Two people sitting next to the ocean

In the news: Gardens and Garry Oaks, a coastal field

Darlene and Leigh Joseph during an ethnoecology field school that offered a rare opportunity to learn about the cultural and ecological past of Tl’ches from Lekwungen elders and community members.

In the news
Students in canoes

Field schools

Field schools offer experiential learning that’s not possible in a traditional classroom—from paddling the Salish Sea with the Redfish School of Change to studying ecology and economy in Peru.

Field schools
Student on a boat with binoculars

Co-op program

Charlotte Houston got work experience monitoring wildlife in the field during her co-op as a resource conservation assistant for Parks Canada in Gwaii Haanas National Park Reserve.

Co-op education
Students hiking through a forest

Restoration of Natural Systems

Our undergraduate program stream, diploma and professional specializations certificate programs will prepare you for a career in the critical field of ecological restoration.

Restoration programs
Graduate students in a boat

Graduate studies

Take your research into the field! Audrey Steedman and Harneet Gill’s research on the changing landscapes in Canada’s subarctic meant spending time on the MacKenzie River, NWT.

Graduate studies
Student touching a fruit tree

Undergraduate studies

Our undergraduate students get the tools and passion to make an impact. Adam Huggins hopes future students will continue the Edible Landscapes project he helped create.

Undergraduate studies
Researcher in a forest

Research that makes an impact

Our interdisciplinary research spans the sciences, social sciences and humanities, reaching into history and projecting into the future. Eric Higgs studies ecosystems undergoing rapid change.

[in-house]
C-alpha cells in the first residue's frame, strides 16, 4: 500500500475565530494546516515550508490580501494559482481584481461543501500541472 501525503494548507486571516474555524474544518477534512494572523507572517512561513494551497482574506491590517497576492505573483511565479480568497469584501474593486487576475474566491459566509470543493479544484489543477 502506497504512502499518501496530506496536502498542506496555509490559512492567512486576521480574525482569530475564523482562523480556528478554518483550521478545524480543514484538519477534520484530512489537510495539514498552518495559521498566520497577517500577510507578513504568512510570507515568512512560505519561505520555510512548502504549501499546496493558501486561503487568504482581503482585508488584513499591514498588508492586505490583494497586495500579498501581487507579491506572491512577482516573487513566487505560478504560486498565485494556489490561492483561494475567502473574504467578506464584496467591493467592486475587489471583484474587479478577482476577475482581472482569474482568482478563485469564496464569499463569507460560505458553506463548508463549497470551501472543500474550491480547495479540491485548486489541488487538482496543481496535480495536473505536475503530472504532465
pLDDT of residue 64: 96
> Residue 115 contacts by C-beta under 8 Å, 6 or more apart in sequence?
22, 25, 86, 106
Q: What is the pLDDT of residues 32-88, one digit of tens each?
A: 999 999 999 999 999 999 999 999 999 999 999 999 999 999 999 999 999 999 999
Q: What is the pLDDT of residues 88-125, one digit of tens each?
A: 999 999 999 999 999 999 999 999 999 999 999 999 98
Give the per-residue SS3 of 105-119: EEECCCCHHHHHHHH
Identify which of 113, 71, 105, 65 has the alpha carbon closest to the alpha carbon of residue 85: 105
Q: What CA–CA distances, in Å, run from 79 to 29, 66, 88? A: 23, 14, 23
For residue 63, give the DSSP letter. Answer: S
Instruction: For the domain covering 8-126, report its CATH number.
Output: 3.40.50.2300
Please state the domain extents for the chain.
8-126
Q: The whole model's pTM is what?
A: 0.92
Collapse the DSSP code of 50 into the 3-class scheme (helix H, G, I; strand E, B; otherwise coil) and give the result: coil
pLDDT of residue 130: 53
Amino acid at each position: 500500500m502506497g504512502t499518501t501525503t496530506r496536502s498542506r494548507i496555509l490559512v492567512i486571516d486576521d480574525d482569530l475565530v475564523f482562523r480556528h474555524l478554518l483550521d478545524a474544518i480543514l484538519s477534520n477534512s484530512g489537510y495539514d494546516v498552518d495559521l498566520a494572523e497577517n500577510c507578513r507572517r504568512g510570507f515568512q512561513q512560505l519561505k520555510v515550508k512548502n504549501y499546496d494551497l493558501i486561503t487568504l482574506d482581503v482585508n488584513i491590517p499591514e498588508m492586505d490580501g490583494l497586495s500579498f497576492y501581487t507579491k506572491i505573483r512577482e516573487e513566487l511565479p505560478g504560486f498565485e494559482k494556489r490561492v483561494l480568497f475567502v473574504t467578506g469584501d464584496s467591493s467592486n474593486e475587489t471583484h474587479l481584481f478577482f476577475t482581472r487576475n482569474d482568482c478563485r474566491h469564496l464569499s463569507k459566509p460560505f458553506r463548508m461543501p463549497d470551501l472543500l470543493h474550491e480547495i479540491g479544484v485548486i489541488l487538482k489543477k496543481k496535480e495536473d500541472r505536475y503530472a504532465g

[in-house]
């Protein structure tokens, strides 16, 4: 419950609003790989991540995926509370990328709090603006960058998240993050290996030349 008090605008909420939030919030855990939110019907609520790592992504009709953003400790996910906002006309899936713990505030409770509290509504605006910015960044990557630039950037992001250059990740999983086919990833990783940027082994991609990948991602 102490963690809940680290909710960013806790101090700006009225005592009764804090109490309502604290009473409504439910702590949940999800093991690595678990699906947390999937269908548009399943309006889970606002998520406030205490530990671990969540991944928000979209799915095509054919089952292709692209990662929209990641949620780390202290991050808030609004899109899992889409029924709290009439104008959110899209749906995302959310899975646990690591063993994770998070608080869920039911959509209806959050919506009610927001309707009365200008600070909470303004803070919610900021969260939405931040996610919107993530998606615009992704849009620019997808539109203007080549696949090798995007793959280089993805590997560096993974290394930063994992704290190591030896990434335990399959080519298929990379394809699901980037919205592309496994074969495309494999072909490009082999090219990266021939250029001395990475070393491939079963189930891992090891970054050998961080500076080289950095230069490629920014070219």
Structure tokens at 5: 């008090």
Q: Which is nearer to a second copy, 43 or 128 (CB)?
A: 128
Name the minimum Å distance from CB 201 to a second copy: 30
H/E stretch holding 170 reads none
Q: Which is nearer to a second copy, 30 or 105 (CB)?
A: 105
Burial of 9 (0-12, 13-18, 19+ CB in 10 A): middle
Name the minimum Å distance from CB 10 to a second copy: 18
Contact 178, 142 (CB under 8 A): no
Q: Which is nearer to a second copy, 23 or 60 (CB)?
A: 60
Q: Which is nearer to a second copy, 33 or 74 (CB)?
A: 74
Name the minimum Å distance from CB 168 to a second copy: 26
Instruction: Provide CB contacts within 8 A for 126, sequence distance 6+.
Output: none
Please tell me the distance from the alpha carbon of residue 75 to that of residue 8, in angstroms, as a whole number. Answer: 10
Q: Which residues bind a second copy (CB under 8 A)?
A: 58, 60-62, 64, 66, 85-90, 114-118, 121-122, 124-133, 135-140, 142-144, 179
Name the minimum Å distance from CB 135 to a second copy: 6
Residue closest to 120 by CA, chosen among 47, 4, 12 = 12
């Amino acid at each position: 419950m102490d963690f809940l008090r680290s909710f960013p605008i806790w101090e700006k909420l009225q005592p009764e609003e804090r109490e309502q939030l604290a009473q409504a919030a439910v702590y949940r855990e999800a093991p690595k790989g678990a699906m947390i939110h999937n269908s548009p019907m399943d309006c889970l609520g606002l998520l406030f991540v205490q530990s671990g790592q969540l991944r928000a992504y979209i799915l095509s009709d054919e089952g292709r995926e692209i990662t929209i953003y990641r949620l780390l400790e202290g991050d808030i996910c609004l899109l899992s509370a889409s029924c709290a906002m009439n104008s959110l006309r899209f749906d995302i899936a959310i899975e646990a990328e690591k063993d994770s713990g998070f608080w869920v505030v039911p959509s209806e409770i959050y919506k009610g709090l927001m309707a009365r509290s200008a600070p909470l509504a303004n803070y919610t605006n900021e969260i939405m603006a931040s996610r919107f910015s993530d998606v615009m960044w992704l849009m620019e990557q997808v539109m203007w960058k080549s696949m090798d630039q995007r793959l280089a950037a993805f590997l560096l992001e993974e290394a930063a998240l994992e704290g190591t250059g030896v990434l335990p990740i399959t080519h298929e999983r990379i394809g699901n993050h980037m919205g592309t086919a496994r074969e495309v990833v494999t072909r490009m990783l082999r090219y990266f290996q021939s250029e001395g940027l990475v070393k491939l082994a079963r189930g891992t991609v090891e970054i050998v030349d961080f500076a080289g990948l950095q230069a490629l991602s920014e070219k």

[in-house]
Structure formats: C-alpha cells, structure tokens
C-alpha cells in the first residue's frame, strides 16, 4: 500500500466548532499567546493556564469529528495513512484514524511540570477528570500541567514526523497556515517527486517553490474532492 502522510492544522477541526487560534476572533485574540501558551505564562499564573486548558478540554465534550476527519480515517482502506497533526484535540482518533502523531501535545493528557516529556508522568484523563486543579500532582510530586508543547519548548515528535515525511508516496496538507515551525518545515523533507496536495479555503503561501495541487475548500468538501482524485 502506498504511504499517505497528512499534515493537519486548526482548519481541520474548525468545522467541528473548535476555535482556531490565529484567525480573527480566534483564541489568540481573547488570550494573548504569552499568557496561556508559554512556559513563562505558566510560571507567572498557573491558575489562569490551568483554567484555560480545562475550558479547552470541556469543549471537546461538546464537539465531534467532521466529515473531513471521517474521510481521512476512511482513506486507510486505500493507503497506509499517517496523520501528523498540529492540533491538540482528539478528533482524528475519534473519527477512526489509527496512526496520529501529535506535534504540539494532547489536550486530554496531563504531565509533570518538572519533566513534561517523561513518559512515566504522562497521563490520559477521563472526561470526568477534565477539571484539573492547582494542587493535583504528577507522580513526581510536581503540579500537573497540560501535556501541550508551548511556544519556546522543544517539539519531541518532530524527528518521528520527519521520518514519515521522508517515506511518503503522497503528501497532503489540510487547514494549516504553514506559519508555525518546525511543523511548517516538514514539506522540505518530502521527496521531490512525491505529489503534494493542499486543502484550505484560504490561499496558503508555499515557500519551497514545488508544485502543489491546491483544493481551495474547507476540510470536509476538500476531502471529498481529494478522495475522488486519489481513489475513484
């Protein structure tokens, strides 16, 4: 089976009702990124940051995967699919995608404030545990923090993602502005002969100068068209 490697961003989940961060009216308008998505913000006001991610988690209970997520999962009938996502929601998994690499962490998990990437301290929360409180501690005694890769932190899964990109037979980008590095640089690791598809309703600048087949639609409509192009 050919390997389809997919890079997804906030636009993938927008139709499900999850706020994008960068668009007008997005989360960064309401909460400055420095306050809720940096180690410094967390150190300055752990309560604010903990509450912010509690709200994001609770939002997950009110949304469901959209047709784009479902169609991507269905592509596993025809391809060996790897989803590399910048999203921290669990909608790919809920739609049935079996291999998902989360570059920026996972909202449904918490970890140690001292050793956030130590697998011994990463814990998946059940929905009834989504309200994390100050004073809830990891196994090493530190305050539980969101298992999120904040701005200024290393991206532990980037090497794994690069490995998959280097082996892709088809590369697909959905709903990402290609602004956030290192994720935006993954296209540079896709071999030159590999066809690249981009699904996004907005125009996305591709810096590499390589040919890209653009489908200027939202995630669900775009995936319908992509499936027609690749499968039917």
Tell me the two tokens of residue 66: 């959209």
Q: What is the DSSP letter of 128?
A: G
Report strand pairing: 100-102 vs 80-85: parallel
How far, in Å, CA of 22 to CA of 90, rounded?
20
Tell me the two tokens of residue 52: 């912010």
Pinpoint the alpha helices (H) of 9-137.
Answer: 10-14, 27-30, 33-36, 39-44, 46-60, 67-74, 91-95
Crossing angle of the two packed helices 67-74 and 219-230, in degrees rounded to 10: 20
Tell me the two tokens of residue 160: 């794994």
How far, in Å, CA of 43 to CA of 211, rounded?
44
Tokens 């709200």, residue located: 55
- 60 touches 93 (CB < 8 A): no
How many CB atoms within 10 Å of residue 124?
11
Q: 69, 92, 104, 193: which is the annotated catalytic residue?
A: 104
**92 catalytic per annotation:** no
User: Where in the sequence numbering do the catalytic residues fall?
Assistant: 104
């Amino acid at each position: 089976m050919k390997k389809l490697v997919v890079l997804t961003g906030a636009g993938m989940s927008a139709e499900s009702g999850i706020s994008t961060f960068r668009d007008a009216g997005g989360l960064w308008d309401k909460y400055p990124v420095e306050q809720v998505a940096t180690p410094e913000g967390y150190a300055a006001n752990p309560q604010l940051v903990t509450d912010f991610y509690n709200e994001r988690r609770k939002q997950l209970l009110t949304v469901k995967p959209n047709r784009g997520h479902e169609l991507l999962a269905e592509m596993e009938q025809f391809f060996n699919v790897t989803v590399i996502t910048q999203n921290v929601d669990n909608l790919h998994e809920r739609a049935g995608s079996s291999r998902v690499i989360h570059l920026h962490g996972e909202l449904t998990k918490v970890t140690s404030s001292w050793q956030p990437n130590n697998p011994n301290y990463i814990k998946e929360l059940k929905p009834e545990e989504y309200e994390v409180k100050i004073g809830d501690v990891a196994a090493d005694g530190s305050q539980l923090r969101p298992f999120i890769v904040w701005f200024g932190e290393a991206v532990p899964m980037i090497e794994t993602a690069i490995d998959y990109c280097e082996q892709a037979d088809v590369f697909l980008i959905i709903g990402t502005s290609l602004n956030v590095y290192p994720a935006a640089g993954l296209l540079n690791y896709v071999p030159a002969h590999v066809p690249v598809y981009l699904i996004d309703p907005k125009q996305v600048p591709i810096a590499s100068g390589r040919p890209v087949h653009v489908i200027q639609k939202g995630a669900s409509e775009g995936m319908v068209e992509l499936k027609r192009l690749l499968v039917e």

Our research

The environmental edge

Be the catalyst for systems change

Environmental Studies (ES) students are seeking whole-systems solutions for a socially just and ecologically healthy future.

Our program is unique for the way that it integrates knowledge from Indigenous land-caring practices, the ecological sciences, and critical social sciences to address complex challenges such as climate change.

This integrative approach means that our students are prepared to develop solutions that promote both ecological flourishing and social justice.

Our students turn knowledge into action. From field schools in the Salish Sea to getting your hands dirty working on local ecological restoration projects, our students make an impact on real issues affecting local and international communities.

Territory acknowledgment
We acknowledge and respect the lək̓ʷəŋən peoples on whose traditional territory the university stands, and the Songhees, Esquimalt and WSÁNEĆ peoples whose historical relationships with the land continue to this day.

Find your edge at UVic's School of Environmental Studies


Our commitment to racial justice and decolonization

The School of Environmental Studies at UVic recognizes that the discipline of environmental studies has historically been overwhelmingly white, resulting in what Dorceta Taylor calls the “Green Insiders Club”. This white colonial dominance has significantly weakened the discipline and the broader environmental movement it contributes to. We are committed to undoing and unlearning these colonial practices by re-shaping our collective and individual decision-making using a decolonial and racial justice lens to amplify, work with, and learn from traditionally marginalized perspectives and experience.

If you feel that this vision is not being actualized please send your feedback to Laurel Currie ().